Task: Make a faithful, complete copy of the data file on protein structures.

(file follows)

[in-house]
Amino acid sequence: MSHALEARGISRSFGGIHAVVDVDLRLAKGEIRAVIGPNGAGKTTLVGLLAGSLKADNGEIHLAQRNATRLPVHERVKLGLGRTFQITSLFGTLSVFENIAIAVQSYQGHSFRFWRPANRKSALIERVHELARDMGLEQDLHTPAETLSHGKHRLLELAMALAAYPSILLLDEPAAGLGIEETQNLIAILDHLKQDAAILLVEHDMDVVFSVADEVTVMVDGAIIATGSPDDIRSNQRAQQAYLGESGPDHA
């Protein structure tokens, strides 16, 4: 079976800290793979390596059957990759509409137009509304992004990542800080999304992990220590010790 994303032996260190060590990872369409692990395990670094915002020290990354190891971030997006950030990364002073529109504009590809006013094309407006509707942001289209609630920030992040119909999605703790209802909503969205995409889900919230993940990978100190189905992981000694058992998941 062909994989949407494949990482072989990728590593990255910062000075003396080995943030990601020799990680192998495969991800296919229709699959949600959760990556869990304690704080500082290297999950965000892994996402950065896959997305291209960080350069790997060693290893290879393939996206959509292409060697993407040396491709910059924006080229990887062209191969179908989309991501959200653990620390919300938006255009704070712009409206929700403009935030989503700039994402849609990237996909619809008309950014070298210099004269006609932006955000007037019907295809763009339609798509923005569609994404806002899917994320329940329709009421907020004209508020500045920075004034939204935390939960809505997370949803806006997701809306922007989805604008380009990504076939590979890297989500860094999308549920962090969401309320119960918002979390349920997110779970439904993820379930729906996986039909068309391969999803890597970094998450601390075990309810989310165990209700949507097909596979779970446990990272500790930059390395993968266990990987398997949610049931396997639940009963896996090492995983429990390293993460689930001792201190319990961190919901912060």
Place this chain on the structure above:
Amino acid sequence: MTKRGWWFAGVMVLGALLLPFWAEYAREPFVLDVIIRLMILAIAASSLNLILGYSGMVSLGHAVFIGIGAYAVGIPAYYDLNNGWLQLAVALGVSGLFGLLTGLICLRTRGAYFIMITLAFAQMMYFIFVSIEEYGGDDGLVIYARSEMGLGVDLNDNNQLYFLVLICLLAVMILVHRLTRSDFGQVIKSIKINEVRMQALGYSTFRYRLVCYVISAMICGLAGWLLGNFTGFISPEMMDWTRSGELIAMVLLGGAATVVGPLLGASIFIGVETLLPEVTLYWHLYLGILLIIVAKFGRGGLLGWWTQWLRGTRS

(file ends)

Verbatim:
[in-house]
Amino acid sequence: MSHALEARGISRSFGGIHAVVDVDLRLAKGEIRAVIGPNGAGKTTLVGLLAGSLKADNGEIHLAQRNATRLPVHERVKLGLGRTFQITSLFGTLSVFENIAIAVQSYQGHSFRFWRPANRKSALIERVHELARDMGLEQDLHTPAETLSHGKHRLLELAMALAAYPSILLLDEPAAGLGIEETQNLIAILDHLKQDAAILLVEHDMDVVFSVADEVTVMVDGAIIATGSPDDIRSNQRAQQAYLGESGPDHA
């Protein structure tokens, strides 16, 4: 079976800290793979390596059957990759509409137009509304992004990542800080999304992990220590010790 994303032996260190060590990872369409692990395990670094915002020290990354190891971030997006950030990364002073529109504009590809006013094309407006509707942001289209609630920030992040119909999605703790209802909503969205995409889900919230993940990978100190189905992981000694058992998941 062909994989949407494949990482072989990728590593990255910062000075003396080995943030990601020799990680192998495969991800296919229709699959949600959760990556869990304690704080500082290297999950965000892994996402950065896959997305291209960080350069790997060693290893290879393939996206959509292409060697993407040396491709910059924006080229990887062209191969179908989309991501959200653990620390919300938006255009704070712009409206929700403009935030989503700039994402849609990237996909619809008309950014070298210099004269006609932006955000007037019907295809763009339609798509923005569609994404806002899917994320329940329709009421907020004209508020500045920075004034939204935390939960809505997370949803806006997701809306922007989805604008380009990504076939590979890297989500860094999308549920962090969401309320119960918002979390349920997110779970439904993820379930729906996986039909068309391969999803890597970094998450601390075990309810989310165990209700949507097909596979779970446990990272500790930059390395993968266990990987398997949610049931396997639940009963896996090492995983429990390293993460689930001792201190319990961190919901912060």
Place this chain on the structure above:
Amino acid sequence: MTKRGWWFAGVMVLGALLLPFWAEYAREPFVLDVIIRLMILAIAASSLNLILGYSGMVSLGHAVFIGIGAYAVGIPAYYDLNNGWLQLAVALGVSGLFGLLTGLICLRTRGAYFIMITLAFAQMMYFIFVSIEEYGGDDGLVIYARSEMGLGVDLNDNNQLYFLVLICLLAVMILVHRLTRSDFGQVIKSIKINEVRMQALGYSTFRYRLVCYVISAMICGLAGWLLGNFTGFISPEMMDWTRSGELIAMVLLGGAATVVGPLLGASIFIGVETLLPEVTLYWHLYLGILLIIVAKFGRGGLLGWWTQWLRGTRS